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SUBWAY RIDERS (1981).

Despite its creative casting, this underground feature from writer-director Amos Poe (the 1976 CBGB documentary THE BLANK GENERATION, ALPHABET CITY) had limited success when first released -- premiering at Carnegie Hall Cinema and briefly playing (nearly-)midnight shows at the long-defunct Bleecker Street Cinema -- before disappearing into the void. Taking a step back from his early 'punk' aesthetic, this dreamy multi-character drama is also colossally idiotic at times, and despite my relatively high tolerance for this type of old-school indie indulgence, even I became irritated. Amos Poe tackles the lead role of Anthony (after John Lurie pulled out, a day before production started), a creepy, wimpy writer-saxophonist, who's currently working on a screenplay about a street musician who guns down pedestrians. But corpses also begin to turn up on the streets of NYC, mirroring Anthony's script, and in one of his earliest screen roles, future-Hagrid Robbie Coltrane plays hard-boiled cop Fritz Langley, who's on the case and frustrated with both his job and home life. It's no small wonder, what with Susan Tyrell (looking as dyke-ish as possible with greased-back short hair and Divine-esque eyebrows) playing his smack-addict wife Eleanor, and it's fun to watch these two bickering and taking cheap shots at each other.In tepid subplots, Anthony meets various people and incorporates versions of them into his disjointed screenplay, including sexy neighbor Penelope (John Waters-vet Cookie Mueller), who's being driven nuts by Anthony's crappy late-night music. There's also a stranger named Claire (Charlene Kaleina), who's forced into giving Anthony a ride when he suddenly jumps into her car -- and later begins to stalk him. If you couldn't already guess, none of this makes much logical sense, and it's difficult to know what's real, or what's in the vivid imagination of this drunk sociopath. FYI, the title seems to refer to Coltrane's long-overdue observation that public transit is the killer's getaway method. Doughy Poe has all the charisma of a braindead puppy, scenes run on endlessly, and 114 minutes is too long to spend with such self-absorbed, dead-end characters. Plus, did we really need to see Coltrane's bare fat ass? Even when Poe finally attempts some excitement, with Coltrane chasing the killer, you'll be more confused than amused. In fact, the film only lifts off when Tyrell is on-screen, and she nails this showy, unsubtle role of a shrill, rich, junkie bitch who shoots heroin under her tongue while lounging in her fur coat. Johanna Heer's photography is expressive but overly-dark, with extreme lighting design and seedy NYC locales aplenty, while the soundtrack includes Robert Fripp, Ivan Kral and The Lounge Lizards (with Lurie showing up briefly, in dramatized portions from Anthony's script, playing jazz sax).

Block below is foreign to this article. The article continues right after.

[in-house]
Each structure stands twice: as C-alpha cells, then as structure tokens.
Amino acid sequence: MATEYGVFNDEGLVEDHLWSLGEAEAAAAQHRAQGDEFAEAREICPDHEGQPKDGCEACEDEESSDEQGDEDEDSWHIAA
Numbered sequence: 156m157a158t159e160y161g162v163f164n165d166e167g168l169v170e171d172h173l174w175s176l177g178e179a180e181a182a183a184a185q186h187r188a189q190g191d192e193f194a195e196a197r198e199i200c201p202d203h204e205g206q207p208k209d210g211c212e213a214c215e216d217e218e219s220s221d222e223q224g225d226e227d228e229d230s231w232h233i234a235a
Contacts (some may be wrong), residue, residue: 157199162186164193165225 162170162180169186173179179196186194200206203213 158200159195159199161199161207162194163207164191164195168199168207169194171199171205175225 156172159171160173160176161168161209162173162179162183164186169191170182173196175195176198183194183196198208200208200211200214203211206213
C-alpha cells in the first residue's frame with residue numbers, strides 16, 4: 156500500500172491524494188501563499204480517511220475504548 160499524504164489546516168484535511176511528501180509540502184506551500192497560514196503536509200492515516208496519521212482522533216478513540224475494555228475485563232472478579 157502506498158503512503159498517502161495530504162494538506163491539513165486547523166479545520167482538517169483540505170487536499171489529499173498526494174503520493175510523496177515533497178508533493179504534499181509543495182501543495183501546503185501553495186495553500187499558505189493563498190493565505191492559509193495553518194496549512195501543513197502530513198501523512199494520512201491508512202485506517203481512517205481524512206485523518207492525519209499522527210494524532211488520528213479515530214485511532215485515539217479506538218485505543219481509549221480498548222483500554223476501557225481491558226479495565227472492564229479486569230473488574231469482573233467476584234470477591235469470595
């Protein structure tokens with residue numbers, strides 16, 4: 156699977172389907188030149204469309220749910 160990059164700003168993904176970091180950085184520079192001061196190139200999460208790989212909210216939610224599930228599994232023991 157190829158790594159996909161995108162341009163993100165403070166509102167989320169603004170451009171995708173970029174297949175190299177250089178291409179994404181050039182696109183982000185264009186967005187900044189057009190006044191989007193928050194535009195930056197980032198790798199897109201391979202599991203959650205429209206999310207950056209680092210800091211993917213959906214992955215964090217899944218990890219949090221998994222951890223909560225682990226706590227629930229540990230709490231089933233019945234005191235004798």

© 2004 by Steven Puchalski.